A cycling do-gooder and a peaceful wave maker, Nouran Salah is the inspiring founder of Cairo Cycling Geckos, an initiative which astonished the entire Egyptian nation when she set off to cycle in a small all-women-caravan on the bike-unfriendly streets of Cairo to distribute free meals during Ramadan in 2016. Since then they cycle all year round. They are determined to empower women and reduce urban gender inequality by breaking social taboos.
It is the first female cycling initiative in Egypt and it has been growing into a powerful community of women full of hope.
Setting off every day before breaking her fast, Nouran Salah and her crew take on the daunting streets of Cairo’s slums, cycling through traffic-laden bridges and roads engulfed in garbage, as she leads her girls team to distribute meals for underprivileged people. These are specially busy days as the month of Ramadan is still going on and donations keep coming in to meet the religious duty for all Muslims called zakat, basically a mandatory charitable contribution considered as a tax.
They cycle to areas where neighbours have barely seen the hair of a woman on the streets and look with skepticism at their bikes. But the Cycling Geckos are changing these preconceptions by showing residents that female cyclists are cycling do-gooders.
Oum Shahenda, a 35-year-old vegetable seller and mother-of-six, was initially shocked to see girls on bicycles. She had never seen anything like that in her neighbourhood called Ramlet Boulaq, an old informal settlement in the middle of Cairo that has existed for around 100 years.
People from outside think that our community is filled with criminals. They are afraid to come near us or to come inside our neighbourhood. That is why people here are amazed to see girls on bicycles in our streets, explains Shahenda.
She lives with her large family in a small, run down room, like most of her neighbours. For her, the kind of assistance provided by the Cycling Geckos is essential for her family. The Egyptian state has not made sufficient efforts to develop the neighbourhood.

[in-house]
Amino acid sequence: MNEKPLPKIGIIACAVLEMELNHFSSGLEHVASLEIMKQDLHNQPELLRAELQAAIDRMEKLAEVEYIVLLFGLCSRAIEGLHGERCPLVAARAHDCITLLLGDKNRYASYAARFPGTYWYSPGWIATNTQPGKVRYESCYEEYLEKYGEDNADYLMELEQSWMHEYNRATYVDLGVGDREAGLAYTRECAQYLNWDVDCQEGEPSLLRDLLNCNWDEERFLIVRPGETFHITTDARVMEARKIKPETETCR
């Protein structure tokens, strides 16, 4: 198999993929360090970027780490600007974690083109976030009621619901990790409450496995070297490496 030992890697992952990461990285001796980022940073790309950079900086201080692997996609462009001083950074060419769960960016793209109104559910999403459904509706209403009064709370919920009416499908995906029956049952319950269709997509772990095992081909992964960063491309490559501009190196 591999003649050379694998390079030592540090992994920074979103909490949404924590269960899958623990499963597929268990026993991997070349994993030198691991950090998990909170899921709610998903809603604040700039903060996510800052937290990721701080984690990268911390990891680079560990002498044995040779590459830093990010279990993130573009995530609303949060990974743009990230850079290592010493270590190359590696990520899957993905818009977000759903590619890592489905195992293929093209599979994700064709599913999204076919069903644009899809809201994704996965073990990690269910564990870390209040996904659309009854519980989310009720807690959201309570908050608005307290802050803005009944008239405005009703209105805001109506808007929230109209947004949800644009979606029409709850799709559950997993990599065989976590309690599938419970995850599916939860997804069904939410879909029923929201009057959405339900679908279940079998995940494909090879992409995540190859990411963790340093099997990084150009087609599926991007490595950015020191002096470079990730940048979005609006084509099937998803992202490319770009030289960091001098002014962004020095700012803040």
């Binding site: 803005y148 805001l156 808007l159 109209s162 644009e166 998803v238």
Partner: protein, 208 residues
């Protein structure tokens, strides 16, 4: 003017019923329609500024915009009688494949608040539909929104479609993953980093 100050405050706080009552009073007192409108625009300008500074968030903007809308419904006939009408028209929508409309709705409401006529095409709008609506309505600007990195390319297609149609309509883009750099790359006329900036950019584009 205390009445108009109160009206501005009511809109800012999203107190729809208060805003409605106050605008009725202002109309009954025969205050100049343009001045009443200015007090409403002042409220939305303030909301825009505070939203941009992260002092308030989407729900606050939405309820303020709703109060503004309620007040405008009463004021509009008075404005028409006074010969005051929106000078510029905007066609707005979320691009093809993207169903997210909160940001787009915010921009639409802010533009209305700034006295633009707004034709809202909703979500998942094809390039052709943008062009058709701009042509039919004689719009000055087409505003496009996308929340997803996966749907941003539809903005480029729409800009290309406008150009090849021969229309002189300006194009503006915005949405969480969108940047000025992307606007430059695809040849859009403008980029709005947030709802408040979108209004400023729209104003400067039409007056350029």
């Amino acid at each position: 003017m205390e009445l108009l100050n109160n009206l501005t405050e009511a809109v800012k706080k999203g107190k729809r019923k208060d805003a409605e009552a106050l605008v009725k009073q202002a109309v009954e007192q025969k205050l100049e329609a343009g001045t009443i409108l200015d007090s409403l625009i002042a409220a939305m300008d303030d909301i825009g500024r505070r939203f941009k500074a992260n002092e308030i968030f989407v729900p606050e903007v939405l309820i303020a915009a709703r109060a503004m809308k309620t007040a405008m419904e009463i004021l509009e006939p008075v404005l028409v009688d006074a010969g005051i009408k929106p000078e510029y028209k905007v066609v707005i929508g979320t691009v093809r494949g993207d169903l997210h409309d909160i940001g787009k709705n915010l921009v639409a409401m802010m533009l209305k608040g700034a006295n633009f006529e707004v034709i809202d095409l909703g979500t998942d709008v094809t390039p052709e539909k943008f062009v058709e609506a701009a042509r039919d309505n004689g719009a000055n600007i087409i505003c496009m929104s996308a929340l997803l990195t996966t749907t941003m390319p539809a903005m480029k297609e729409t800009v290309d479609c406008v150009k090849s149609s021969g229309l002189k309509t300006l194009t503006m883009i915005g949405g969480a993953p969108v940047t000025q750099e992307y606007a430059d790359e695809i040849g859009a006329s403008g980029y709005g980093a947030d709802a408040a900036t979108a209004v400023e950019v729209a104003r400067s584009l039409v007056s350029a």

Although the living conditions at Ramlet Boulaq are very harsh, its residents are emotionally attached to the neighbourhood and feel a loyalty towards it. ‘Taking me out of here is like taking a fish out of its pond’, claims an old lady, resident of this same community.
‘Changing the mentality in these traditional communities is very difficult and it will take very long to reduce urban gender inequality. Also in other neighbourhoods of Cairo girls face many social constraints because they grow up in a patriarchal system without critical thinking and are afraid of change’, explains Nouran Salah.
Groundbreakers making a positive impact on Cairo
Nouran Salah cycles all year round as a symbol to break the traditional female image in Egyptian society. She nurtures the self confidence of the girls riding their bikes with her and transmit that energy to others living in the communities they help. By doing that, she creates a powerful force to break the cycle of poverty.
‘Female cycling is considered to be a social taboo in Egypt and in most of the Middle Eastern region due to the posture of the female on the bike. It could be sexually perceived and be a cause of sexual arousal towards men. For example when I am on a bike, the most common verbal harassment I get is: ‘’I wish I was your bike saddle‘’. As a consequence, 80% of women in this country are not allowed to get on bikes after they hit puberty’, claims Nouran Salah.
Nouran, a big fan of the book ‘Sex and the Citadel – Intimate life in a changing Arab world’ agrees with her writer Shereen El Feki : ‘In Egypt sexual attitudes and behaviours are intimately bound up in religion, tradition, culture, politics, and economics. They are part and parcel of sexuality’.